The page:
What’s that you’re reading? – Kate Timms – Head of Marketing & Admissions

 

What are you reading at the moment?

Invariably I have about 8 books and a kindle on the go at any one time – I love books, and reading. I enjoy almost every genre, from educational to escapism, with newspapers and academic articles thrown in for good measure. I love books that make me think – it could be education related, travel, health and fitness, or something like ‘Think Like a Monk’ in the hope I might eventually learn how to chill out!  I just wish I had a bit more time to read – working at Downsend, having two young children, and a 15 week old puppy is in no way conducive to my dream to sit in a cosy armchair and read a stack of books with no distractions!

The book I’m spending the most time with at the moment is ‘School of Life: An Emotional Education’. I find Alain de Botton a fascinating character – both witty and deep at the same time. He has a way of distilling complex issues elegantly. The book is a series of short articles, each focusing on the skills we’ll need to thrive in the modern world. This one in particular is all about the importance of emotional intelligence – which is why I love it, because it feels like this is a skill that has been over-looked for so many years and one that is such a part of the conversation at Downsend.

Please share your favourite quote or short extract from the book.

“The assumption is that emotional insight might be either unnecessary or unteachable. We are left to find our own path around our unfeasibly complicated minds – a move as striking (and as wise) as suggesting that each generation should rediscover the laws of physics by themselves”

Is there a particular genre of book you find yourself drawn to?

If I’m reading a novel, it could literally be anything – I do love anything by Douglas Kennedy for a bit of escapism. I have an English Language degree so I find the way he writes so incredibly beautiful, and the story-telling can be uplifting or thoughtful – either way, I love a book I can get lost in. Wherever the setting – Maine or Paris or Egypt –  his writing is so evocative, you can only imagine you are there.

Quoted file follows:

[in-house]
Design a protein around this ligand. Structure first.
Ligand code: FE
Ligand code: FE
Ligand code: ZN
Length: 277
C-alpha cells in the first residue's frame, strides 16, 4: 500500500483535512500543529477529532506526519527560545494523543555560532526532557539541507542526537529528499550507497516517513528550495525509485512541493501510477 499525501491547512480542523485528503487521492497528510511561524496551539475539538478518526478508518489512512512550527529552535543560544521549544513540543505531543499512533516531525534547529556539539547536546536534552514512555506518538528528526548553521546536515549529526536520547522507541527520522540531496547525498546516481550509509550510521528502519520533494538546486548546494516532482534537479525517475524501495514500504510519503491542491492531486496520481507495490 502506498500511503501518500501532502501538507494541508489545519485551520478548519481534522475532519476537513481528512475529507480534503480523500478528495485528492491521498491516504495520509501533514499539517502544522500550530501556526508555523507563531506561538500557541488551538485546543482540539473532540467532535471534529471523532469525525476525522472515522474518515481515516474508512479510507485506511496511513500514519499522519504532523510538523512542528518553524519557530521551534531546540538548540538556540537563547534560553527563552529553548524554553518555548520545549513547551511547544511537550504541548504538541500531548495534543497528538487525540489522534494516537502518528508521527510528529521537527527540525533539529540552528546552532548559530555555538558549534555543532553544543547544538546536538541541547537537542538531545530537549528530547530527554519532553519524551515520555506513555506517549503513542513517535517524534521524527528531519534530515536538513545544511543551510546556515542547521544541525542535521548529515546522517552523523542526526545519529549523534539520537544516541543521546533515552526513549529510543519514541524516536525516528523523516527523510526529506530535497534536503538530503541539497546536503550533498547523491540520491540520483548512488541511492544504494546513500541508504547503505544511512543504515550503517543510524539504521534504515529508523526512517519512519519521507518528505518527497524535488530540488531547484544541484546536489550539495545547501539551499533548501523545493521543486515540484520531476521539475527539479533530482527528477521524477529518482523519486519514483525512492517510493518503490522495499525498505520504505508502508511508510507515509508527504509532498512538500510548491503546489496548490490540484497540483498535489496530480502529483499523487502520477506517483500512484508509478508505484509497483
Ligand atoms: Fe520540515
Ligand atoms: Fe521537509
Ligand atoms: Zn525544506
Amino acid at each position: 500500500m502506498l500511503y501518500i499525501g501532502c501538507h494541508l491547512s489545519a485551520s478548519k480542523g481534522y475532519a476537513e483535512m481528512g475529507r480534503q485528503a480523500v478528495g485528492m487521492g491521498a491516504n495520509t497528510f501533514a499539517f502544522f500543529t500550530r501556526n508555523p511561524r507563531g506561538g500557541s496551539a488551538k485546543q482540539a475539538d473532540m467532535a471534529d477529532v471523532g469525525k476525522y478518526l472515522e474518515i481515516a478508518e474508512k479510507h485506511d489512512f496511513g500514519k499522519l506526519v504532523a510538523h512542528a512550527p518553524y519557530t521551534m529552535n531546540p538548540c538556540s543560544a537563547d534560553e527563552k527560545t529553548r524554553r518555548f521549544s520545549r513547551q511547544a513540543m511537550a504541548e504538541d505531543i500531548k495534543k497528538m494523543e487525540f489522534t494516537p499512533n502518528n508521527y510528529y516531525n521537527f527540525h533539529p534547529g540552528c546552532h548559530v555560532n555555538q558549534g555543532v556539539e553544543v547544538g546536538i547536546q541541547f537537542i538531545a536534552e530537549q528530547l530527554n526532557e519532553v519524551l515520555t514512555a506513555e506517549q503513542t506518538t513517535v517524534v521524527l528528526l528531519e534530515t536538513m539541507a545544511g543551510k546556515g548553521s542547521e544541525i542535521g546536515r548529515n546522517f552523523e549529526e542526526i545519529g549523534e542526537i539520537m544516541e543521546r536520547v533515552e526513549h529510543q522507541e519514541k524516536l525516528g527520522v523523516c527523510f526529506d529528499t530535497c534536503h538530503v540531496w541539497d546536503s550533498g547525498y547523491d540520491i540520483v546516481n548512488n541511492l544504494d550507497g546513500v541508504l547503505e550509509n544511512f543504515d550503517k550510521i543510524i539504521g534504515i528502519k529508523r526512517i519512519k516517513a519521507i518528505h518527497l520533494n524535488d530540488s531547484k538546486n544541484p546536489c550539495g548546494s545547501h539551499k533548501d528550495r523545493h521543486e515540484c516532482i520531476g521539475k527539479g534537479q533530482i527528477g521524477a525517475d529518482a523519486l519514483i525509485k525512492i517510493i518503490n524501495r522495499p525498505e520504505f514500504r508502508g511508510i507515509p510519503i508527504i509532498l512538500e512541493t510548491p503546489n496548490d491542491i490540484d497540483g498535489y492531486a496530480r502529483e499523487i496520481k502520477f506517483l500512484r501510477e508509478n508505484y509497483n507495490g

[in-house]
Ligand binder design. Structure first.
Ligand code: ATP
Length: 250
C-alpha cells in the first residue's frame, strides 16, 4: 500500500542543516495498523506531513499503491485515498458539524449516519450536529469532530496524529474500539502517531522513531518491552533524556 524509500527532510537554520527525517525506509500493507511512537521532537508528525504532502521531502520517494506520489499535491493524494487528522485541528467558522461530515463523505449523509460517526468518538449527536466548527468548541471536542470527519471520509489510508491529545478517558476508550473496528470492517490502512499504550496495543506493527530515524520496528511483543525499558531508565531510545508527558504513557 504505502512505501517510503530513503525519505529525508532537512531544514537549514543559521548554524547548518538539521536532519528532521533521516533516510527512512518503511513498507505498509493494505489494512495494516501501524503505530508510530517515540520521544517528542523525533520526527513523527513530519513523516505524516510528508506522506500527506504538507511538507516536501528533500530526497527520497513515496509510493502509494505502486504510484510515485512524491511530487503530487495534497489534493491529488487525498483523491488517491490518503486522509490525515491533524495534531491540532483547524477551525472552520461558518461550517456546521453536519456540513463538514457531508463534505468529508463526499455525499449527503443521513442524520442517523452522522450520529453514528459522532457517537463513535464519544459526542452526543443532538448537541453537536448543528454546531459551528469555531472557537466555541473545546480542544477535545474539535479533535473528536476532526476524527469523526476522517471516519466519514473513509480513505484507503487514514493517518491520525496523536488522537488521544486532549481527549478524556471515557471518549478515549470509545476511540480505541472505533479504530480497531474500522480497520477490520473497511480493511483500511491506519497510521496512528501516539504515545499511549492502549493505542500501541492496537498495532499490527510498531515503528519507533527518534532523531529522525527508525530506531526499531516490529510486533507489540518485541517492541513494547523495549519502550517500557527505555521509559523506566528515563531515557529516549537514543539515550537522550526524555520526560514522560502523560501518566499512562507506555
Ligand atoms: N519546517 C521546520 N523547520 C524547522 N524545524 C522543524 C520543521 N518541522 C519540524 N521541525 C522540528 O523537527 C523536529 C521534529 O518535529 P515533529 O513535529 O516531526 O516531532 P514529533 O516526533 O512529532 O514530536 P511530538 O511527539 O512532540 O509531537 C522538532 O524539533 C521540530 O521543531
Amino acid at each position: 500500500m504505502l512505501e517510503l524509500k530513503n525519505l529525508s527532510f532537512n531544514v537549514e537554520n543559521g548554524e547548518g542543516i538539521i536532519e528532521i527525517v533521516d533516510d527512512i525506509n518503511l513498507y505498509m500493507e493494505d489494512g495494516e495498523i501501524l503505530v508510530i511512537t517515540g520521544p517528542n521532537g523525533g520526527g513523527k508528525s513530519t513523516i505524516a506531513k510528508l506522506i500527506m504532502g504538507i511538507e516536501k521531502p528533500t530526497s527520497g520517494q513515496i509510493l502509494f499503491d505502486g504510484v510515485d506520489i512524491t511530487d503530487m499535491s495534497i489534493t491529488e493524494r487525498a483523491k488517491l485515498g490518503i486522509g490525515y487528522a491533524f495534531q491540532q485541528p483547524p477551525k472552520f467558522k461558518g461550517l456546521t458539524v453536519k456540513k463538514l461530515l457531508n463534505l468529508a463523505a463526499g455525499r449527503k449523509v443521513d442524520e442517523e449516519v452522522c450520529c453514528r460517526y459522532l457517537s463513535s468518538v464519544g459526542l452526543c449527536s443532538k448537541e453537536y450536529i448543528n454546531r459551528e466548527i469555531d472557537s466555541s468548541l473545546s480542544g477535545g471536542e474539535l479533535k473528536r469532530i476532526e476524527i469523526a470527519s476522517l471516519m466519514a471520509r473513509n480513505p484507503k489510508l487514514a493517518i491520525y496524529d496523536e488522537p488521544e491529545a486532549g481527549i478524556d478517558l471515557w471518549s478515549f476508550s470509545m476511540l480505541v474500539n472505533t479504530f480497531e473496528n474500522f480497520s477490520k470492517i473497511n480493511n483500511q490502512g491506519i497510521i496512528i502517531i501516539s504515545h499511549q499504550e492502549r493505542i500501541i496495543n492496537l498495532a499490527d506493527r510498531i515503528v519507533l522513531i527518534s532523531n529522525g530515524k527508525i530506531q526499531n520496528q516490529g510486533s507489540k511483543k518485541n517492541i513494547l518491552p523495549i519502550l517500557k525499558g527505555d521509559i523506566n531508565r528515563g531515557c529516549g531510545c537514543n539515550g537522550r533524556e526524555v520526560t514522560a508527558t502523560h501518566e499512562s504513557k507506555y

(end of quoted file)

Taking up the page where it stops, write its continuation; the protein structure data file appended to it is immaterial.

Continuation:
Do you read to your children? What is your favourite children’s book? Did you have a favourite book or author, growing up?

I  try and read to my children every night, who are 7 and 9, and have a surprising love of anything by Enid Blyton. I gobbled up her books as a child, so it’s lovely to share their old fashioned innocence – even my nearly 10 year old son enjoys the tales of the Faraway Tree and Buttercup Farm. Code Name Bananas by David Walliams is the current bed time book. It’s an amusing tale – but set in WWII, so subconsciously they’re picking up facts alongside anecdotes about a gorilla in a wedding dress.

Kate, what’s the next book that you’d like to read?

I can’t wait to get started on a book recommended to me by Vanessa Conlan, who always has an awesome reading list – ‘The Missing Piece, the essential skills that education forgot’. Before I came to Downsend, I worked in Higher Education for 15 years, 9 of those for one of the world’s leading business schools, where I saw highly qualified young people join us with what were deemed the ‘best’ qualifications. Our entry requirements were the highest in the country, higher than Oxbridge, but I saw time and time again, young people who knew how to pass exams, but struggled with real life, with taking a problem and really understanding how to solve it, in a team. I was at Cass Business School during the 2008 banking crisis and I saw a fundamental shift in the skills taught to graduates destined for careers in Investment Banks – to move to teaching ethics, responsibility, sustainability and governance – which is why I’m excited to read this book by Tom Ravenscroft which pieces it all together to focus on skills as well as subjects. Maybe I’ll get to read it in my cosy armchair with no distractions and a glass of something…….maybe….!

 

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